The health of lobstermen: Bait poisoning is a serious matter

First published in Landings, October, 2014.

One of the hazards of handling bait is that bones or sharp fins can puncture the skin which is the body’s first line of defense against infection. Tony Robinson, yard manager of Dropping Springs Lobster and Bait in Portland, said that he gets cuts in his hands just about every day when working with bait. He wears heavy rubber gloves but the fish bones pierce right through his gloves. “Red fish are the worst,” said Robinson.
Earlier this summer Robinson developed a rash on his leg and foot which he thought was a heat rash from wearing boots. He applied some ointment but it didn’t get better so he saw a healthcare provider. He was prescribed an antibiotic but even with that treatment, the infection continued to worsen.

“It started to eat a hole in my leg,” Robinson said. “So they sent me to the Mercy wound care clinic [in Portland]. They said that it was a bait infection.”

Robinson was lucky: the physician who treated him in July at Mercy Hospital’s Wound Healing Center had treated many bait infections. The doctor packed his wound with ointment, covered it with gauze, and also prescribed an oral antibiotic. Robinson explained that as of late September, he was about to be released from his doctor’s care. “I was worried that I was going to lose my foot,” said Robinson.
It’s not only bait dealers but also lobstermen who can suffer from bait infections. Robinson said he’s seen lobstermen with the telltale red streaks up their arms [signs of spreading infection] which required hospitalization with intravenous (IV) antibiotics. “It’s a hazard of the industry,” he said.

A physician’s assistant from the Mercy Wound Healing Center, who asked that her name not be used, said that it’s very important to wash hands thoroughly after handling bait. Bacteria can’t enter the body unless there’s a break in the skin yet it’s important to take precautions. Soiled hands can transmit bacteria to any part of the body where there’s an opening or a break in the skin. She said it’s important if there are any signs of infection such as redness, swelling, or drainage to get medical attention immediately. She also suggested wearing mail (mesh) gloves which may offer more protection from sharp objects than other types of gloves.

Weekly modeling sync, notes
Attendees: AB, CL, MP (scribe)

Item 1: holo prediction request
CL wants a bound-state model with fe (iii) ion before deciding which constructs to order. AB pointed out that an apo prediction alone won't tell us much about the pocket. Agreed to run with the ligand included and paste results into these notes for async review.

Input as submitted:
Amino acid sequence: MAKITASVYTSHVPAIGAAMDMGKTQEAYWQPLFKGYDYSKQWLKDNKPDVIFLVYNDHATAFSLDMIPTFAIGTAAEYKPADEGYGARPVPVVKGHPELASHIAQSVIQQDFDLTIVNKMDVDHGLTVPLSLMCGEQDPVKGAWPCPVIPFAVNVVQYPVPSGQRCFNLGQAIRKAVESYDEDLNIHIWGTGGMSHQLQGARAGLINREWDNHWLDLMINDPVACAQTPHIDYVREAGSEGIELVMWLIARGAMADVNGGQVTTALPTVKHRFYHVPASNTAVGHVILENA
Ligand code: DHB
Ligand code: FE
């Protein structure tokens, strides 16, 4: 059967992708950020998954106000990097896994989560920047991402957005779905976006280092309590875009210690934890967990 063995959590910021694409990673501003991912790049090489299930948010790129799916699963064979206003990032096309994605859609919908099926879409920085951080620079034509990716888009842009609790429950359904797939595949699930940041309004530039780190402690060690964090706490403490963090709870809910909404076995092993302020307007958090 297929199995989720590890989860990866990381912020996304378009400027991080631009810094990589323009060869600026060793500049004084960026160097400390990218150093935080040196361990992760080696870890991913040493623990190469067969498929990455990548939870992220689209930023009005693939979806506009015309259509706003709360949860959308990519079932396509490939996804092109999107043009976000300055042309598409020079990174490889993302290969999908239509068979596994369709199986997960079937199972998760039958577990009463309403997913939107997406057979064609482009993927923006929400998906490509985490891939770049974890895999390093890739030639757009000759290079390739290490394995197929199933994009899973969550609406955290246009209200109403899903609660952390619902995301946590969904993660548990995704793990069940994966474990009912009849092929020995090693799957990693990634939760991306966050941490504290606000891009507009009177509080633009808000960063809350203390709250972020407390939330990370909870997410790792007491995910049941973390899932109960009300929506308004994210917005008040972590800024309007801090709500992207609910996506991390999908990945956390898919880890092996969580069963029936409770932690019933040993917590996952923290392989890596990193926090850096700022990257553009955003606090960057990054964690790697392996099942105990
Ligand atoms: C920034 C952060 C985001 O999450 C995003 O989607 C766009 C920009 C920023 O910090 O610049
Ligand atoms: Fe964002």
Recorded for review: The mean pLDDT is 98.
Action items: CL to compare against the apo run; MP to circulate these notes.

Physician’s assistant Alison Wood, who practices at the Isleboro Health Center, said that she treated a number of bait infections while working in Gloucester, Massachusetts.

“Down there it’s called ‘gurry poisoning’ and occurs when an open sore or laceration, usually on the hand or arm, becomes infected when the ungloved hand grabs the bait in the bucket,” she said. “Several days later a red, painful skin infection developed that we would treat on a case-by-case basis. If with oral antibiotics, then a recheck the following day. IV antibiotics if the infection got worse or no better. Or sometimes we would go directly to IV if warranted.”

The general appearance of the bait infections Wood treated was “red, hot, and spreading,” a common description of cellulitis. The patient might not have a fever but “one can feel poorly fairly quickly.”

Wood explained that a MRSA infection (Methicillin-resistant Staphylococcus aureus infection) appear as “a boil-like rash.” She treated a MRSA infection in a fisherman on Isleboro recently which responded well to the antibiotic Bactrim. “Lucky for him, he was much better and stayed on the oral medications versus needing IV,” said Wood.

Willis Spear of Portland, who’s been lobstering for more than 50 years, said that he developed a bad bait infection in his hand back in the 1960’s. He now washes his gloves every day in a bleach solution and also disinfects his boat with a bleach solution. Spear knew of a lobsterman in his area who had to have a finger amputated because of a bait infection.

“You just have to be careful,” said Spear. “I wash my gloves religiously every day.”

Clinic specializes in wound management

The Mercy Hospital Wound Healing Center provides advanced wound healing techniques and state-of-the-art assessment, testing and treatment for people suffering from acute and chronic (hard to heal) wounds.

144 State Street, Portland, Maine 04101


Open Monday to Friday, 8 a.m. to 5 p.m.


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